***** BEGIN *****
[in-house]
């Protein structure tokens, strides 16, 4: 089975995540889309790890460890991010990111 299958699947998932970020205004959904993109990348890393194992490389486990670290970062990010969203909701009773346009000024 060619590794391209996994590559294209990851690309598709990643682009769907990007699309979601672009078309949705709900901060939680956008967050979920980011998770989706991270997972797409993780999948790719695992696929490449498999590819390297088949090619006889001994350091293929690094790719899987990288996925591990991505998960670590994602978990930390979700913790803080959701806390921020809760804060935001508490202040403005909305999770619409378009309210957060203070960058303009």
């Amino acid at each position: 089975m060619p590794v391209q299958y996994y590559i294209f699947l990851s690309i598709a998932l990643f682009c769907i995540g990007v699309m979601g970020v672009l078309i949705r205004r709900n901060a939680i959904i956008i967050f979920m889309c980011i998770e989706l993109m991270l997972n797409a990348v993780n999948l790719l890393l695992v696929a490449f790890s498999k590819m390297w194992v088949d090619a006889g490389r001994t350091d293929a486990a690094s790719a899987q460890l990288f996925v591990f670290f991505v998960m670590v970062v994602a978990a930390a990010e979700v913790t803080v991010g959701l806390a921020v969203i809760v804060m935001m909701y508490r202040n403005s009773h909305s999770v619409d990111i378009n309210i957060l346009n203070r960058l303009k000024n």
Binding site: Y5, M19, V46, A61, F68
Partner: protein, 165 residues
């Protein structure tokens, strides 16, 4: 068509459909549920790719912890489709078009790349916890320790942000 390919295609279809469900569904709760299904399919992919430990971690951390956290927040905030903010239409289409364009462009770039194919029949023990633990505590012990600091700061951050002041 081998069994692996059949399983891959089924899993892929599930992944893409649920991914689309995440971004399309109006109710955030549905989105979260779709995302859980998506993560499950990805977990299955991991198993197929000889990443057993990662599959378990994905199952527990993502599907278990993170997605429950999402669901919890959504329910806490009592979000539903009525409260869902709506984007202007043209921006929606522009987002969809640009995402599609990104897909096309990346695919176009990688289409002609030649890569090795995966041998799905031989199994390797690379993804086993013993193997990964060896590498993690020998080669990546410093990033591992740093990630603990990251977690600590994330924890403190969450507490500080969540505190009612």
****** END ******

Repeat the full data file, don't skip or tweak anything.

[in-house]
């Protein structure tokens, strides 16, 4: 089975995540889309790890460890991010990111 299958699947998932970020205004959904993109990348890393194992490389486990670290970062990010969203909701009773346009000024 060619590794391209996994590559294209990851690309598709990643682009769907990007699309979601672009078309949705709900901060939680956008967050979920980011998770989706991270997972797409993780999948790719695992696929490449498999590819390297088949090619006889001994350091293929690094790719899987990288996925591990991505998960670590994602978990930390979700913790803080959701806390921020809760804060935001508490202040403005909305999770619409378009309210957060203070960058303009």
């Amino acid at each position: 089975m060619p590794v391209q299958y996994y590559i294209f699947l990851s690309i598709a998932l990643f682009c769907i995540g990007v699309m979601g970020v672009l078309i949705r205004r709900n901060a939680i959904i956008i967050f979920m889309c980011i998770e989706l993109m991270l997972n797409a990348v993780n999948l790719l890393l695992v696929a490449f790890s498999k590819m390297w194992v088949d090619a006889g490389r001994t350091d293929a486990a690094s790719a899987q460890l990288f996925v591990f670290f991505v998960m670590v970062v994602a978990a930390a990010e979700v913790t803080v991010g959701l806390a921020v969203i809760v804060m935001m909701y508490r202040n403005s009773h909305s999770v619409d990111i378009n309210i957060l346009n203070r960058l303009k000024n």
Binding site: Y5, M19, V46, A61, F68
Partner: protein, 165 residues
């Protein structure tokens, strides 16, 4: 068509459909549920790719912890489709078009790349916890320790942000 390919295609279809469900569904709760299904399919992919430990971690951390956290927040905030903010239409289409364009462009770039194919029949023990633990505590012990600091700061951050002041 081998069994692996059949399983891959089924899993892929599930992944893409649920991914689309995440971004399309109006109710955030549905989105979260779709995302859980998506993560499950990805977990299955991991198993197929000889990443057993990662599959378990994905199952527990993502599907278990993170997605429950999402669901919890959504329910806490009592979000539903009525409260869902709506984007202007043209921006929606522009987002969809640009995402599609990104897909096309990346695919176009990688289409002609030649890569090795995966041998799905031989199994390797690379993804086993013993193997990964060896590498993690020998080669990546410093990033591992740093990630603990990251977690600590994330924890403190969450507490500080969540505190009612």